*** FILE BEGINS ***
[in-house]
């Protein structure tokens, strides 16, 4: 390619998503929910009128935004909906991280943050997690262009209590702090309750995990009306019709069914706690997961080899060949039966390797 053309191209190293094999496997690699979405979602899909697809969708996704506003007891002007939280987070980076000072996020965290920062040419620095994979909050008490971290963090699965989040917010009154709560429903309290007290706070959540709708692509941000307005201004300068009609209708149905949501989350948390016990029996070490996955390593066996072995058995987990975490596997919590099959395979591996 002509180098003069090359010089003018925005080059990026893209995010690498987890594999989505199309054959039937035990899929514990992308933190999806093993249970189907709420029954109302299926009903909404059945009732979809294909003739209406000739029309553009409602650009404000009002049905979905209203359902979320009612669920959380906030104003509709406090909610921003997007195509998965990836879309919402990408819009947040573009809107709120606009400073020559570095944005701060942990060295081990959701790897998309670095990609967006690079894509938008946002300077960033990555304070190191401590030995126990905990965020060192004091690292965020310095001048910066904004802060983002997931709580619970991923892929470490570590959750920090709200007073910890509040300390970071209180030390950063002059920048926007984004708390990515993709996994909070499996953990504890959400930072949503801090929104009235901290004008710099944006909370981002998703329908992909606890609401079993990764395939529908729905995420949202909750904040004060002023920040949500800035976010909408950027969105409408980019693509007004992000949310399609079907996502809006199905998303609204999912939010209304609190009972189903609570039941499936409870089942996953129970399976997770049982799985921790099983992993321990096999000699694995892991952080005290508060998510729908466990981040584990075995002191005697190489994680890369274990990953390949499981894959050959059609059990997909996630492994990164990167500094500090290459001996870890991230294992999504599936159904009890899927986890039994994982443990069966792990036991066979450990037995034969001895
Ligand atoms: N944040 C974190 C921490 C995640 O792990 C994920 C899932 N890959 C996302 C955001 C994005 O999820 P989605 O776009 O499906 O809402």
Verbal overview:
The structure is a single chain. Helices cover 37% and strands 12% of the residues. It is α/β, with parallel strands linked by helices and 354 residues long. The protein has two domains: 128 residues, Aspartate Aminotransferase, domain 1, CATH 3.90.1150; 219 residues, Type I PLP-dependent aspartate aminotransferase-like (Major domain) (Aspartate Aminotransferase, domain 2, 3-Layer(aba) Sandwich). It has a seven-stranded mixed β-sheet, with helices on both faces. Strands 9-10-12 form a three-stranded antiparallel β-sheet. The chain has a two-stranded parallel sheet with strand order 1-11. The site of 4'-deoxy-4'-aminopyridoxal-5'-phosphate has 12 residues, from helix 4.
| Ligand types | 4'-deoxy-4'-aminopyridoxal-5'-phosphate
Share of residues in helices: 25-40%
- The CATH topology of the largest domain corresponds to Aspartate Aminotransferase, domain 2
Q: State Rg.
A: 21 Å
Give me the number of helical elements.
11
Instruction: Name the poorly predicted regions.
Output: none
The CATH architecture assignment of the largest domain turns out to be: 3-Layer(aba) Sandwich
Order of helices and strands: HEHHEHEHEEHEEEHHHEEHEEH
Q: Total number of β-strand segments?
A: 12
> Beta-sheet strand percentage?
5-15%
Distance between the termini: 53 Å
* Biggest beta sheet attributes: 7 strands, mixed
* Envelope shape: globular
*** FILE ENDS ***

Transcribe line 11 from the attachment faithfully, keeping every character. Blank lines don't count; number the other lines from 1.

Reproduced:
Give me the number of helical elements.